Side note: Of course competition will always be a thing and a healthy competition is good. But what you described is not healthy at all and in all the labs and research groups I visited so far (math, CS and engineering mostly), there was a decent amount of respect for each other.

  • Thanks for the advice. My advisor just got tenure, and the lab is a lot nicer now... – user2562609 Oct 21 '18 at 9:22
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In competitive lab members challenge each other.

In healthy competitive lab each member has their time to present and defend their work. Competitors show respect to each other.

In unheathy competitve lab each member intrigue againts their colleagues to grab attention.

In your case, even worse, members do not show enough respect to each other to listen their presentation!

Run. Actually, you should have your things packed yesterday and be knocking on different lab's doors.

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Your adviser has not created a competitive culture, but as pointed out by other responses, a toxic one. Unfortunately, this case you describe is not rare at all, so don't despair. Basically, the circumstances you are facing are not an exception. They do occur.

Why does this happen? Because your adviser has taken the easiest route: inaction and lack of confrontation. Inaction leads to self-management of the group and situations like the one you described, where bullies thrive and reasonable hard working "nice" people get resentful.

Advice? I would suggest you find a new group, because this is an unsolvable problem: it's the adviser who creates and maintains a culture, either by action or inaction. Furthermore, changing to another research group is usually hard and you have no guarantee that the next one will be better.

As difficult as it is, think that the person that should be happy with yourself is you, not your supervisor. Do you want to look like a smart-ass or become a bully to get his attention and approval?

Also, learn to defend your territory. Don't let anyone bully you, and tell them off if you need to. If you need to say "do you mind withholding the questions until the end of my talk?", just say so.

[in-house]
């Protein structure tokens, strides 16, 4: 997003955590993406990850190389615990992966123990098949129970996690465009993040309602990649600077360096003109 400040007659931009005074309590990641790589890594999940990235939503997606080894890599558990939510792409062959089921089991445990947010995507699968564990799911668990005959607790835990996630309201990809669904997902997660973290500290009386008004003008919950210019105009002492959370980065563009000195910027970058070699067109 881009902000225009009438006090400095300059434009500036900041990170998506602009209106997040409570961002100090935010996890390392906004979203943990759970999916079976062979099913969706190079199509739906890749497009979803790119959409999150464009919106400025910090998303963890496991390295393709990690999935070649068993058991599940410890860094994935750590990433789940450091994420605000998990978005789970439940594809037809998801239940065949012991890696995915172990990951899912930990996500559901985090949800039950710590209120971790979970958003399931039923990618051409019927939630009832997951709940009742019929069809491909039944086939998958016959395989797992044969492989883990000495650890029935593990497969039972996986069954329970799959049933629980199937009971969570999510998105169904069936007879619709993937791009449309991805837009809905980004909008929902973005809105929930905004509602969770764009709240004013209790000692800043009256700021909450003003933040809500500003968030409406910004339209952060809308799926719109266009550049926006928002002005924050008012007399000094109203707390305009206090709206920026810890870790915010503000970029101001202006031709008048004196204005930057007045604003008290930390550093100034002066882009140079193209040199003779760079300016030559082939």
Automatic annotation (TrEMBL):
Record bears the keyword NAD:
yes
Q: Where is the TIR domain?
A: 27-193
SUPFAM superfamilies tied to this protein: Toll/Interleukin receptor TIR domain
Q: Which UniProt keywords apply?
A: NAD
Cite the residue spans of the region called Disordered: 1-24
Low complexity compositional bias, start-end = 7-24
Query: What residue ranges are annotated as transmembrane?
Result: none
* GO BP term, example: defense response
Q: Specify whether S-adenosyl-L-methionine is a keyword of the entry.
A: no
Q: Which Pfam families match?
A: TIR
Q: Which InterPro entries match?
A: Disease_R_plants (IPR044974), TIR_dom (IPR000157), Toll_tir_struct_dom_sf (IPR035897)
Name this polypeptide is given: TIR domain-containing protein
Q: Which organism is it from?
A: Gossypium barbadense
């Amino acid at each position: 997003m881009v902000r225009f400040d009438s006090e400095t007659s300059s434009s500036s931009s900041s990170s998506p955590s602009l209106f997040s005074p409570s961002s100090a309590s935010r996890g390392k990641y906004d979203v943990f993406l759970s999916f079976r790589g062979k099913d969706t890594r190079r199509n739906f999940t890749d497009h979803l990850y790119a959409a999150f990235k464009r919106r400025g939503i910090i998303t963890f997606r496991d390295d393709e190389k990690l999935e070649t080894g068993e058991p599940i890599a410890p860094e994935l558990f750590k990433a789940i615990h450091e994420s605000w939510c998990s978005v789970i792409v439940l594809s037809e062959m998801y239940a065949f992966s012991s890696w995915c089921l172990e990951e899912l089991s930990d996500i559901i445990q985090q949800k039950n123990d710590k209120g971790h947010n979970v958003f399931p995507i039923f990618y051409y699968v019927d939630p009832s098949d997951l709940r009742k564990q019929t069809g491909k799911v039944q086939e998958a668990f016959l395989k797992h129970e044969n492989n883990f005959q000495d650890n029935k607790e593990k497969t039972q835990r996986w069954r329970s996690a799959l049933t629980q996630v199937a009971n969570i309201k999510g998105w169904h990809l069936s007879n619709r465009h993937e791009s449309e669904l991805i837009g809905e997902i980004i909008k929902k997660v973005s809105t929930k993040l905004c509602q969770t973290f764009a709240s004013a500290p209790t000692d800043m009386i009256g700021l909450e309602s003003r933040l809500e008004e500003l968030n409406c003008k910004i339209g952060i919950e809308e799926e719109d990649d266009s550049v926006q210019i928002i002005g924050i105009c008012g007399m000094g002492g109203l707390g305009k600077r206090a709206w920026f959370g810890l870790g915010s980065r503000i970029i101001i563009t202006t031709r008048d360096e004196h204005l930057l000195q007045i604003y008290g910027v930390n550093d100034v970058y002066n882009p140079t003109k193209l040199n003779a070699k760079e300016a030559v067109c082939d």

Regarding the "success or influence" you talk about, how do you define "success" exactly? Success is defined by your expertise, skills, knowledge and publications, which are independent of what your adviser thinks of you.

My condolences, and good luck!

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    I'm defining success the same way that you have. The people with more publications/skills also tend to engage in these behaviors more. – user2562609 Jun 29 '17 at 14:48
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    After more than 10 years in the business and also having witnessed those behaviors very often, I honestly don't have a solution. That's why I suggest you focus on doing quality work and be proud about it, and forget about the number of publications. – Pablo Jun 29 '17 at 15:51
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    @user2562609: Weird. My distinct impression is consistently that the people with more publications are precisely the ones who are constantly participating in a dozen collaborative projects with their peers, and involved in another dozen supporting tasks to help other peers in their research. Being closely in touch with so many people and their projects, and participating in so many common endeavours at a time is how they manage to be a part in so many publications. – O. R. Mapper Jun 29 '17 at 16:04
  • That's exactly my experience too, so often the number of publications is more correlated to political/people skills and those behaviors that are described here than with anything else. Therefore, either you have to engage in that behavior too, or forget about number of publications and focus on quality and ownership. – Pablo Jun 29 '17 at 16:10
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    @Pablo: Your statement that "either you have to engage in that behavior too" got me concerned that you place the so-called competitive behaviour the OP described and the behaviour I described in my comment in the "same pot". While you are free to do so, I'd like to clarify that with my comment, I intended to express that I consider the behaviour described by the OP as highly undesirable and disruptive for success, whereas I consider what you appear to call "people skills" as highly desirable and conductive to success. – O. R. Mapper Jun 30 '17 at 4:18